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Solar Eclipse: Random Happenstance or a Divine Sign?

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Many folks believe in only what they can see.  So since they can't see God from their observatories, they doubt He exists.   
But others watch an amazing phenomenon that occurs occasionally over earth — a total solar eclipse like we'll see August 21st — and doubt such a thing can happen just by accident.
Astronomer and minister, Hugh Ross, of the faith-based science group Reasons to Believe finds the fit of earth's little moon over the humongous sun too exact to be mere serendipity. He sees the designing hand of God.
Ross told CBN News, "The sun is 400 times farther away from us than the moon.  But the sun is 400 times bigger.   So that's why you get a perfect solar eclipse."
On the other side, though, is astronomer Dr. Bethany Cobb Kung of Washington D.C.'s George Washington University.   
"It's a big universe and there are a lot of coincidences.  I think it's just a random happenstance," she said of the eclipse phenomenon.
Still, both the believer and the doubter are in awe of the coming eclipse and what they'll see.  
"It's going to be a spectacular event," Ross stated.  "And we've got a group of about 140 people going with us to the desert of Oregon to view that eclipse."
Kung said, "It is a pretty astounding thing that everything lines up just right for us to have this experience."
Ross said of his group, "We're going to try to get our telescopes up on top of a hill where people will be able to watch the shadow of the sun race towards us at about 800 miles an hour."
The zone across America that will see the moon 100 percent block the sun is only about a hundred kilometers wide.  But no one should despair.
"If you're not in that path of totality, there's still going to be a partial solar eclipse throughout the entire U.S.," Kung explained.  "So here in Washington D.C. for example, the sun's going to be about 80 percent blocked."
Kung's planning to set up her telescope outside on the George Washington University campus, "And just grab anybody who happens to be walking by and say 'hey, you want to see a solar eclipse?' 
But she's warning everyone they MUST wear special eclipse glasses.
"You can literally burn your retina if you look at the sun without any protection," she stated.  "And it's so bright, you need to block 99.99 percent of the light in order to look at it safely."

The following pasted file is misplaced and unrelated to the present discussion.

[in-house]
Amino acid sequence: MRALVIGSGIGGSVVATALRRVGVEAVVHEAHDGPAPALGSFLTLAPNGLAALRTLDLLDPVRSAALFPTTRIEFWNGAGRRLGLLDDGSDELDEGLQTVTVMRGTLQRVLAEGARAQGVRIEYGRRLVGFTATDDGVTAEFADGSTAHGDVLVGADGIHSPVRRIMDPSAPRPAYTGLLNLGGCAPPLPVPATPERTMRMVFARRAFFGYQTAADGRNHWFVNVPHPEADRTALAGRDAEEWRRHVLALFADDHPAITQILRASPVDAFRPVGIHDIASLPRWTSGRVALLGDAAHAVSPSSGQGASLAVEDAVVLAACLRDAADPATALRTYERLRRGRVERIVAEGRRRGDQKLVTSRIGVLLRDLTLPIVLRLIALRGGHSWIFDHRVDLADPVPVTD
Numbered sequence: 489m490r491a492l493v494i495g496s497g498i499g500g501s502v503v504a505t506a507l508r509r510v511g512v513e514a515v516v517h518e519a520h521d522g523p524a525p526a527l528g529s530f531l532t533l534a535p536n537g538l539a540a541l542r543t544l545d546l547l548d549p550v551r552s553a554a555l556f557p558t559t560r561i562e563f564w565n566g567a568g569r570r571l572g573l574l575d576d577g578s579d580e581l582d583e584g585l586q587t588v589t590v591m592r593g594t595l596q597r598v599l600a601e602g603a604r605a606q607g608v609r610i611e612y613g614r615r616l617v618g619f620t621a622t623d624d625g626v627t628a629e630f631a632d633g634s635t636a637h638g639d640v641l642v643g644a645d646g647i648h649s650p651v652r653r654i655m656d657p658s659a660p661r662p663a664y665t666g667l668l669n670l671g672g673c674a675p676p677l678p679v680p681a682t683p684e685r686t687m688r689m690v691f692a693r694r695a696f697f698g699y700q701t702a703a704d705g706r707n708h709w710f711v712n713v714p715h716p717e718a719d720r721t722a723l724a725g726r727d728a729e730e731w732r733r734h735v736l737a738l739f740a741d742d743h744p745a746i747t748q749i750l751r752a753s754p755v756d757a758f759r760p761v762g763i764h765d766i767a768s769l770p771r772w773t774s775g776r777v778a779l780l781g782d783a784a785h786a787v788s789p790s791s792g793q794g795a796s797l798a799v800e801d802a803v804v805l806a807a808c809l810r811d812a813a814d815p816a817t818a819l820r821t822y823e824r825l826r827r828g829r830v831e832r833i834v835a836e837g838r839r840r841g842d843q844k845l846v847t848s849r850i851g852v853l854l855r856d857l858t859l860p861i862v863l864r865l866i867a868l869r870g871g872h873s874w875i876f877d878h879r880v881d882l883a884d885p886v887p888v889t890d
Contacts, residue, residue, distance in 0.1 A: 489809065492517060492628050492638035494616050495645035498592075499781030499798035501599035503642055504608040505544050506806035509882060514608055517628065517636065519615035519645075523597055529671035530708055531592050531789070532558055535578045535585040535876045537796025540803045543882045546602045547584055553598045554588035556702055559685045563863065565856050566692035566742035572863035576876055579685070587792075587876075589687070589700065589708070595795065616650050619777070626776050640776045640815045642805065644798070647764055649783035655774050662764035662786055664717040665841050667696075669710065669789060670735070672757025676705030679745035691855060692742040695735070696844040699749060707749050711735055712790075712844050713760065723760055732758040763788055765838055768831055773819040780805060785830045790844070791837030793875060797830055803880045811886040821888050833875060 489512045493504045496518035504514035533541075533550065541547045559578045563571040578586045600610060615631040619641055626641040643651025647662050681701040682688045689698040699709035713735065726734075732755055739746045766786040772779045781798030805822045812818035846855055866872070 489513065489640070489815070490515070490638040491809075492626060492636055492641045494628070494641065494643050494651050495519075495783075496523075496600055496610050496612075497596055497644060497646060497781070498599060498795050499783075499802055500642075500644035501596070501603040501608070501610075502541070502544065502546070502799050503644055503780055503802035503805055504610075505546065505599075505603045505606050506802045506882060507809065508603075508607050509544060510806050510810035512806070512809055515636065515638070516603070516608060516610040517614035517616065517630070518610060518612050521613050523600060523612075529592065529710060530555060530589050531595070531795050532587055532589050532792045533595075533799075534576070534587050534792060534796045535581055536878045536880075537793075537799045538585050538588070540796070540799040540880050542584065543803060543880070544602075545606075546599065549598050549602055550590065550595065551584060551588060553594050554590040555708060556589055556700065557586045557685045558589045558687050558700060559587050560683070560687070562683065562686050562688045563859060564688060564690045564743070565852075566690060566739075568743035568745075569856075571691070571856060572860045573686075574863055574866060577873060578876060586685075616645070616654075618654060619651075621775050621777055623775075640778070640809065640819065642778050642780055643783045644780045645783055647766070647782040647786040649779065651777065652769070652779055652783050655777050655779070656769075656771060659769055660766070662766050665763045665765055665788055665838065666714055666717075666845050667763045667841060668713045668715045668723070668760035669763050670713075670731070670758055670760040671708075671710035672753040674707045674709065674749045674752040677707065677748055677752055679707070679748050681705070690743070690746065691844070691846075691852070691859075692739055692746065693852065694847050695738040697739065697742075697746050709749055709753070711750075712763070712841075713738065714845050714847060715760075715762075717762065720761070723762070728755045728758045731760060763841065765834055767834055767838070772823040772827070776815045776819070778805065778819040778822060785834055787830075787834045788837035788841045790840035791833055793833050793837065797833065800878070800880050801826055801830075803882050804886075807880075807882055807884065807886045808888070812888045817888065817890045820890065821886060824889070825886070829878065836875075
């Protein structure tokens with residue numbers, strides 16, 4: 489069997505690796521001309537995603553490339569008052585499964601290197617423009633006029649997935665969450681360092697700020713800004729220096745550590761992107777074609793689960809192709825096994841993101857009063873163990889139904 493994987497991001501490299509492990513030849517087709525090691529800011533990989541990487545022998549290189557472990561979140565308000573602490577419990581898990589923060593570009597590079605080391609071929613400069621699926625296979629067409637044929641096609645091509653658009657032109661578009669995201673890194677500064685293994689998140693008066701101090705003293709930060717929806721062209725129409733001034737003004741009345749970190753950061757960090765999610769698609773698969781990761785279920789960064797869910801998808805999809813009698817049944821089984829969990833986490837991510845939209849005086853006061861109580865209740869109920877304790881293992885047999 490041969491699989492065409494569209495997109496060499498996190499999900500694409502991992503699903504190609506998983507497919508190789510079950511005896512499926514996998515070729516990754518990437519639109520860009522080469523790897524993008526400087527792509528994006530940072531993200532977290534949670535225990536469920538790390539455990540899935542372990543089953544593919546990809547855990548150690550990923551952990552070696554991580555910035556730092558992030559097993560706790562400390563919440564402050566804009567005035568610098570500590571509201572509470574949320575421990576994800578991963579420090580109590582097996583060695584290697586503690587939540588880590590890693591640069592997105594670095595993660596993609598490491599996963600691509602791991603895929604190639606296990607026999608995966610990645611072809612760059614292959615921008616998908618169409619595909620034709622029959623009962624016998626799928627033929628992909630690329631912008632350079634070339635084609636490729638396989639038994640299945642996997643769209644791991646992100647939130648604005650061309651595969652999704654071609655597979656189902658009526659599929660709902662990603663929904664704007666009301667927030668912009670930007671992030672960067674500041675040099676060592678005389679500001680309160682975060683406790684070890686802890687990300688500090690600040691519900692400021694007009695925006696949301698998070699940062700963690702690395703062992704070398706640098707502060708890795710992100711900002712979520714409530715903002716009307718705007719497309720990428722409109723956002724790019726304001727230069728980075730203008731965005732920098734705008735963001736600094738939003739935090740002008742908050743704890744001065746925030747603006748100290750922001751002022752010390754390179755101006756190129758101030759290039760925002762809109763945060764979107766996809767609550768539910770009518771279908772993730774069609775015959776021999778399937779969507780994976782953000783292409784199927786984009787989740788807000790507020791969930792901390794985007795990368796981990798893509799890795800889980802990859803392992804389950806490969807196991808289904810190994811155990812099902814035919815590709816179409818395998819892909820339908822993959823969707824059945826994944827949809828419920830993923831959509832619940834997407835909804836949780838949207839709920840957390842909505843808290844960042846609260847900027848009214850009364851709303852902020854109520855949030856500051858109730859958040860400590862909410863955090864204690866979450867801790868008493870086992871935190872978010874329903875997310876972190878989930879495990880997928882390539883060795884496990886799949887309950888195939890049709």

Ross, meanwhile, ponders just how many examples of divine, precise fine-tuning he sees from the moon to the farthest reaches of the Milky Way.
Like the fact that the mass and placement of our moon and all planets, comets and asteroids of this solar system have to be exactly like they are.
"The entire solar system has been highly fine–tuned to make possible the existence of advanced life here," he said.
The California-based astronomer points out it's like that for the entire Milky Way.   Do he and his colleagues at Reasons to Believe think that could have happened just by accident?
"We actually calculate the probability that the 854 features that we list could be fine-tuned without the supernatural intervention of the Creator God of the Bible to make advanced life possible here on planet earth," Ross said.  "And that probability we calculate must be much less than one chance in 10 to the 1,050th power. "
That's a little hard to visualize. But it's roughly the equivalent of someone winning the big ol' California lottery 150 times in a row when they've only bought one ticket each time.  

Those odds make it a little harder to believe there's no fine-tuning designer behind this fine-tuned universe.

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About The Author


As senior correspondent in CBN's Washington bureau, Paul Strand has covered a variety of political and social issues, with an emphasis on defense, justice, and Congress. Strand began his tenure at CBN News in 1985 as an evening assignment editor in Washington, D.C. After a year, he worked with CBN Radio News for three years, returning to the television newsroom to accept a position as editor in 1990. After five years in Virginia Beach, Strand moved back to the nation's capital, where he has been a correspondent since 1995. Before joining CBN News, Strand served as the newspaper editor for